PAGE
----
RIP Pixel, the Proud Golden Comet
Abigail Black/Mindwatering 04/01/2019
It was a beautiful spring day, if a bit chilly, with sparse, wispy mare's tails and bright sunshine. A shower had occured the day before, so the ground was damp with dew and vibrant green things.
Amongst the vibrant greenery were dozens of fluffy yellow dandelions. My brother and I, on the way to free-range the chickens, stopped to pluck the heads. Our hands soon overflowed, so we employed the use of a small bucket.
The flock was ecstatic at the treat, for once everyone receiving a share of the bounty instead of the fastest few. My brother and I laughed as we watched, idly giving commentary to the playful havoc.
At least, until we saw only nine birds enjoying the feast.
We counted off twice, verifying a missing tenth, then divided the breeds. Three Barred Rocks, four New Hampshire Reds, and two Isa Browns. Our one Golden Comet, the vivacious Pixel, was not there.
My brother checked the nesting boxes inside the coop - empty. We found her at the edge of the run, in the sunlight. Pixel was on her side, wings tucked close, head bowed to her chest, and rigormortis had already set in. It was as if she had simply fallen over and not risen. She had been clucking with the rest of them mere hours beforehand.
Pixel was not the largest of the bunch as a chick, but she was a broiler/layer crossbreed, between a Red Rooster and a White Rock hen. Upon reaching maturity, she became the clear heavyweight champion, with a creamy yellow body with a red and golden neck. She could have easily thrown her weight about, but she was easygoing, friendly, and medium on the flock's pecking order. She sneezed "PWONK" and sang for everyone's eggs. The innermost toe on one foot was twisted 90 degrees, but only the humans noticed. As expected, she laid the largest eggs, pale brown with a smooth, unblemished surface, and good large yolks. We'd praise her, cuddle her, tell her what a good girl she was. Her favorite foods were dried grubs, chickweed, and dandelions.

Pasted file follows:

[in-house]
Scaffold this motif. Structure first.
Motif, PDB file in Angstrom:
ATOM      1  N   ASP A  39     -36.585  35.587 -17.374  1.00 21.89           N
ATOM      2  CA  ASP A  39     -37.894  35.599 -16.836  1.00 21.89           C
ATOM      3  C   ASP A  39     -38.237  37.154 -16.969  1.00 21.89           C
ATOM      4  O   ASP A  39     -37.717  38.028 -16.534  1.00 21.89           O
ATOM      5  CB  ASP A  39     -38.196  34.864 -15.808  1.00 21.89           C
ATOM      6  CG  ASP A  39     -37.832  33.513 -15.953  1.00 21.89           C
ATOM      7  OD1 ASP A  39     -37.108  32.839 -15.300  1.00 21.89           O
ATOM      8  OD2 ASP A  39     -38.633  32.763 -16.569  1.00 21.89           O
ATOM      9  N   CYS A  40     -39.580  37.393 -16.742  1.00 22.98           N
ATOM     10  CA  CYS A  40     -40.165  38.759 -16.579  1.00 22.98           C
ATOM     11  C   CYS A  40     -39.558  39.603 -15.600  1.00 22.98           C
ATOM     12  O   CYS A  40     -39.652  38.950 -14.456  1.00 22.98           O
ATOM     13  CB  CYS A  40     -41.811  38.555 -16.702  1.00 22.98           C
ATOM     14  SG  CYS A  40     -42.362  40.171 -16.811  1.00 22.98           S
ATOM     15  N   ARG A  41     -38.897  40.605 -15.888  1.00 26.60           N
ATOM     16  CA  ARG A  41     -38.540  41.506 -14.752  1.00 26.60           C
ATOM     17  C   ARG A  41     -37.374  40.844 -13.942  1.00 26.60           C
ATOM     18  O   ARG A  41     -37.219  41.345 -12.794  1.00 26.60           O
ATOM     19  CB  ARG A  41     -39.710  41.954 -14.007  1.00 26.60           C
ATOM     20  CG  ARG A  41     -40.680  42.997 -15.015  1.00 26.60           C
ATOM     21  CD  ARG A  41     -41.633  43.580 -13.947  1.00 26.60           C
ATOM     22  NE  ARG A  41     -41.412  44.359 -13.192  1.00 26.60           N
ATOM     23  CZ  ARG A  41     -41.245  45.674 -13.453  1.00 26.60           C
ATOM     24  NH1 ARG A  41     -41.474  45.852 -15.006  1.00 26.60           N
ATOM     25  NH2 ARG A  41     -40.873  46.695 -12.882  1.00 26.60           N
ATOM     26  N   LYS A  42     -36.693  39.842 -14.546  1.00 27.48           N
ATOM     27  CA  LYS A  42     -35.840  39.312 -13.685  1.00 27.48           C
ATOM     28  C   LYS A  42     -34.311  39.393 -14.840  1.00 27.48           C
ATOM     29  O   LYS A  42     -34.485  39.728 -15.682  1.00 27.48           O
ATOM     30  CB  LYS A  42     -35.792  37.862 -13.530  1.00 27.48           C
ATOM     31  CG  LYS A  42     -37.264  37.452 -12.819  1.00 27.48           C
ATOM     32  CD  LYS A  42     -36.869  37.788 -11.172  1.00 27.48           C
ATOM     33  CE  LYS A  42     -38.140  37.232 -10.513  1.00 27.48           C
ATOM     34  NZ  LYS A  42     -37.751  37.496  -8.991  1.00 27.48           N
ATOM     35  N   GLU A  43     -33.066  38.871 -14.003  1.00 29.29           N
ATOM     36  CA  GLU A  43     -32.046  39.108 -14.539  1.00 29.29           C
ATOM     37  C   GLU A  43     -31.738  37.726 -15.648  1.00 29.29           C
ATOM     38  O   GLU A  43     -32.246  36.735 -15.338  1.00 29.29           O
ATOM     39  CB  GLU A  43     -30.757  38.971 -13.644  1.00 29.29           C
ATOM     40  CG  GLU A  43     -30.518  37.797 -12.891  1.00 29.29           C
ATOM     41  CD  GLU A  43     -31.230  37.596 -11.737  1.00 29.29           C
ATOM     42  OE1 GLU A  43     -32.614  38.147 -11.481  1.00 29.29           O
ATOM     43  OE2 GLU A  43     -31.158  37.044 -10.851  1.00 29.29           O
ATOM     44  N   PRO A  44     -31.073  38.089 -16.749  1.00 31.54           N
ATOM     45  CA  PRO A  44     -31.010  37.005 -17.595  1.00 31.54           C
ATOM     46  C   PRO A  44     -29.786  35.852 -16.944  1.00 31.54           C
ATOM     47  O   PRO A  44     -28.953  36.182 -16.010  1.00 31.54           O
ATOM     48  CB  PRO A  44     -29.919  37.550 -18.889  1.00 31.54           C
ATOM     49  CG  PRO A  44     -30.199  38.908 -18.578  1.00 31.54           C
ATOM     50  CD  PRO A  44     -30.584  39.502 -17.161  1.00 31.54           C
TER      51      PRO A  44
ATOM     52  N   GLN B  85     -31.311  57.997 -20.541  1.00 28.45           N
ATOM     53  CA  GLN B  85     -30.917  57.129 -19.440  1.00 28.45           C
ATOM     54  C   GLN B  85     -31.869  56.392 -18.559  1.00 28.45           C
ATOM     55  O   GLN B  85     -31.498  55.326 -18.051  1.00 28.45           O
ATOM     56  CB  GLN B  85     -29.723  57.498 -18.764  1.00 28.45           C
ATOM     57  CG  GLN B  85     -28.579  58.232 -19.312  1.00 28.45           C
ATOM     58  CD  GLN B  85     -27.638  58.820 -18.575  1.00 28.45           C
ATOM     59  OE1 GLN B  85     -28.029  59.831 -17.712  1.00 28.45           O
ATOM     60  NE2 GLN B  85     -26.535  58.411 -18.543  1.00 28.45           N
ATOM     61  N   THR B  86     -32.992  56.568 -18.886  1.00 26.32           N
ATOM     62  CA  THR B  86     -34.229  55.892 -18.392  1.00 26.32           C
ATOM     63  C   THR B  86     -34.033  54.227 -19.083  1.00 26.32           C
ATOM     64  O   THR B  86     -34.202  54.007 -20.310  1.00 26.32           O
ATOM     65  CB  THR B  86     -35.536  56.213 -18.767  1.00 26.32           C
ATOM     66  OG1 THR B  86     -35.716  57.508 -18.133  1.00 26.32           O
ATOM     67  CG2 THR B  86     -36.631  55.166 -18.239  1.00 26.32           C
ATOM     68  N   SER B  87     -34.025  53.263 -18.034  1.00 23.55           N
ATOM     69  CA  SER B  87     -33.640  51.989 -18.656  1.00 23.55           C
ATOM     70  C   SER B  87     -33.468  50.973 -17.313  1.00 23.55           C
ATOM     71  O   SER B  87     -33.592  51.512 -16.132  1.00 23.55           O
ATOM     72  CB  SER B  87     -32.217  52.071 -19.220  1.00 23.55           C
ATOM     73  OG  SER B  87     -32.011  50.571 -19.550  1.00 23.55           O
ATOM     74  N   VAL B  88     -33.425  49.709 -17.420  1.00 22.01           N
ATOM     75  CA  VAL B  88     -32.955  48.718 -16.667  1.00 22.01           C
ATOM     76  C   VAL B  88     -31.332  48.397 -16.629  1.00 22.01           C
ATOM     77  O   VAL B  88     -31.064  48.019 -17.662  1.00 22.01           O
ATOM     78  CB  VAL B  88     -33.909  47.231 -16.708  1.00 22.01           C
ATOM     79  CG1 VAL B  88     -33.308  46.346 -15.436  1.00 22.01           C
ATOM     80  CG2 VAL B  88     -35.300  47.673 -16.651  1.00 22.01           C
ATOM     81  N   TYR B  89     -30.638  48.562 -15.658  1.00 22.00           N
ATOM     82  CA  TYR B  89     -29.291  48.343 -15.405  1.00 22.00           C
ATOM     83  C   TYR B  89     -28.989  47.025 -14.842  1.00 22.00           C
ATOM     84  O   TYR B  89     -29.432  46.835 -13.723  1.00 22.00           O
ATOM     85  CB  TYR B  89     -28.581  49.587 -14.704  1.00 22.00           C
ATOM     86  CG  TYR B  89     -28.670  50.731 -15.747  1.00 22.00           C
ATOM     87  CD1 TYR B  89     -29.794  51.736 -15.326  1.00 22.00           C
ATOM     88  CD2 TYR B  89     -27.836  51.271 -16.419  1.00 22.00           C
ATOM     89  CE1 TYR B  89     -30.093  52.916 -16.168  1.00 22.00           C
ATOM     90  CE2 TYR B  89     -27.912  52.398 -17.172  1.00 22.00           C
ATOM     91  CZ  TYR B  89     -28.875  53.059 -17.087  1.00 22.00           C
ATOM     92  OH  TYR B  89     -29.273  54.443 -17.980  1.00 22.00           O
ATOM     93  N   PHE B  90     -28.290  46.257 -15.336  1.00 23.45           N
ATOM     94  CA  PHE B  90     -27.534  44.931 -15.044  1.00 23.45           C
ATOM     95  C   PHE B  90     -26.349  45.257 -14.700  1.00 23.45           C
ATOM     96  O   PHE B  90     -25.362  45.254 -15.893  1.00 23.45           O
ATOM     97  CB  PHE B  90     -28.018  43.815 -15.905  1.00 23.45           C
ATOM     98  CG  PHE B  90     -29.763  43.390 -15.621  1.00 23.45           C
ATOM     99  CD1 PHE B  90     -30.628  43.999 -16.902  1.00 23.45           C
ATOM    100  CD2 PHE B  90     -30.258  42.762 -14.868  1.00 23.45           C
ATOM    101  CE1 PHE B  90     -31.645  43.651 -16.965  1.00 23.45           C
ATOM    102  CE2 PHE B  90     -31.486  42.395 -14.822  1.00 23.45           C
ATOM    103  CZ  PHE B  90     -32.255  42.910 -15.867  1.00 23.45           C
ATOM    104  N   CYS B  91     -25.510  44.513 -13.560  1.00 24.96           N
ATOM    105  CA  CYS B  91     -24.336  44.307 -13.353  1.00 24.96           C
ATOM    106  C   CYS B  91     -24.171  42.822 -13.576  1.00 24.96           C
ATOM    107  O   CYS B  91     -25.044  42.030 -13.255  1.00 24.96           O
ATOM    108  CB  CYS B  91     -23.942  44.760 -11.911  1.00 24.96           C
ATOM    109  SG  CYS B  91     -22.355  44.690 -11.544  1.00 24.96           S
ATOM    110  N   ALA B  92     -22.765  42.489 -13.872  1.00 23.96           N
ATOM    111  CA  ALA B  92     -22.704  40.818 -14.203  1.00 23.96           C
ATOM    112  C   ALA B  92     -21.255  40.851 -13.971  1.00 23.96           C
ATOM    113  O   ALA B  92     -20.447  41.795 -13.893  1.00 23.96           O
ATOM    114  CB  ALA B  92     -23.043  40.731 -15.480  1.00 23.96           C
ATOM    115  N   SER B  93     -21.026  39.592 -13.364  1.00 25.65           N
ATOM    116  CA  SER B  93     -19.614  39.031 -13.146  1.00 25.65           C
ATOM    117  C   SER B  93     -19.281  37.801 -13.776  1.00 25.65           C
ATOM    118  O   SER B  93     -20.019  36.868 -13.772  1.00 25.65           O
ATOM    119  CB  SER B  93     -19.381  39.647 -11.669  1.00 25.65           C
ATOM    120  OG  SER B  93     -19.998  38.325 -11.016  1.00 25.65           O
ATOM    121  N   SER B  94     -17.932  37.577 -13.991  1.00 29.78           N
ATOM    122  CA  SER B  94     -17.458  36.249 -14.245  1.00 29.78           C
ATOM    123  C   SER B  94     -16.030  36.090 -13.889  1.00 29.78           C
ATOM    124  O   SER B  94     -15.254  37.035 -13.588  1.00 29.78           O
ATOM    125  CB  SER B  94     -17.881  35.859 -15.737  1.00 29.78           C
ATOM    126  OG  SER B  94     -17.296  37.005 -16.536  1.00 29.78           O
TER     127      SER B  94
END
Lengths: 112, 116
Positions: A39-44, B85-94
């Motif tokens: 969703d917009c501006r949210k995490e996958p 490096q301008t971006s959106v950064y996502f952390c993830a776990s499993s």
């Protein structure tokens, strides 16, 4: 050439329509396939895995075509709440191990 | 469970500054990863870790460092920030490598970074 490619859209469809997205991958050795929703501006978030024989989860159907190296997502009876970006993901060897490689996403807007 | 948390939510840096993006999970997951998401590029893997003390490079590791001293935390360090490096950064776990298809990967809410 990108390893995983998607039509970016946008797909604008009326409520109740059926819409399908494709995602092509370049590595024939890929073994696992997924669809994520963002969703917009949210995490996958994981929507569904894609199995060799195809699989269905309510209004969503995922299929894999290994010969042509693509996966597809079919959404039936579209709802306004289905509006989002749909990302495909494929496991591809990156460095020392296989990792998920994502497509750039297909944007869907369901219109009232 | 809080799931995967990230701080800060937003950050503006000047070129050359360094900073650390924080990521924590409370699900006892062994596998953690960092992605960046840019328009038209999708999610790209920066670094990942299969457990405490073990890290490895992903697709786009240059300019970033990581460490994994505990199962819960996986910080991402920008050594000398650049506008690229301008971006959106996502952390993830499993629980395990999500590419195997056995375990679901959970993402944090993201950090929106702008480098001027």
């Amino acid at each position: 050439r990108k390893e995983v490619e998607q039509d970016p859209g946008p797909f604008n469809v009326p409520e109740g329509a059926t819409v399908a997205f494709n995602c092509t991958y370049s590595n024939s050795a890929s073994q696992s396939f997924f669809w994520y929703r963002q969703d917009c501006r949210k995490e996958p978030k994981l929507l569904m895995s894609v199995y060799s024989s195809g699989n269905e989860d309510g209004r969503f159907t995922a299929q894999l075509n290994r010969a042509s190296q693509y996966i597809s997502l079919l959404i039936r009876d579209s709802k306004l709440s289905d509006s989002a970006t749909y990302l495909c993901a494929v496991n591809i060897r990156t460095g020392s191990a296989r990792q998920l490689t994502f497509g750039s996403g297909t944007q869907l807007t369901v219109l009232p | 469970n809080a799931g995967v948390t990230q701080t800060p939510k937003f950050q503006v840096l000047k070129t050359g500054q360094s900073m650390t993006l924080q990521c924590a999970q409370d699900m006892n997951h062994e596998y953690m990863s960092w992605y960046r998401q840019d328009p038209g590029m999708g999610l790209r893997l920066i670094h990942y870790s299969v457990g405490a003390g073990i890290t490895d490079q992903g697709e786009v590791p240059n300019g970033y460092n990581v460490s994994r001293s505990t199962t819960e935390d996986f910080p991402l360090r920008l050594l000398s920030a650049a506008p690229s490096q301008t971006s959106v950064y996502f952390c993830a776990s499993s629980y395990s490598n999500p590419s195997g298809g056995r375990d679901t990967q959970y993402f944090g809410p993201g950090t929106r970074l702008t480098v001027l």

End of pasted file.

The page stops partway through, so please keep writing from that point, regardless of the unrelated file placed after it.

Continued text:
The cause of her death is unknown, as only the other hens were with her. She exhibited no negative signs in the hours, days prior. At this time, we have gone with SCDS, Sudden Chicken Death Syndrome. Pixel had just turned one year and a few weeks old. She will be missed most dreadfully.
Pixel is now buried in the shade of the backyard, where the sunlight can filter through tree branches and play on her grave. We bundled her in wrapping paper, with a pillow of herbs, chickweed, and dandelion plants. She lays in fertile soil. We will sow a garden over her in dedication to her memory. May she be eternally happy in the place where animals go after death.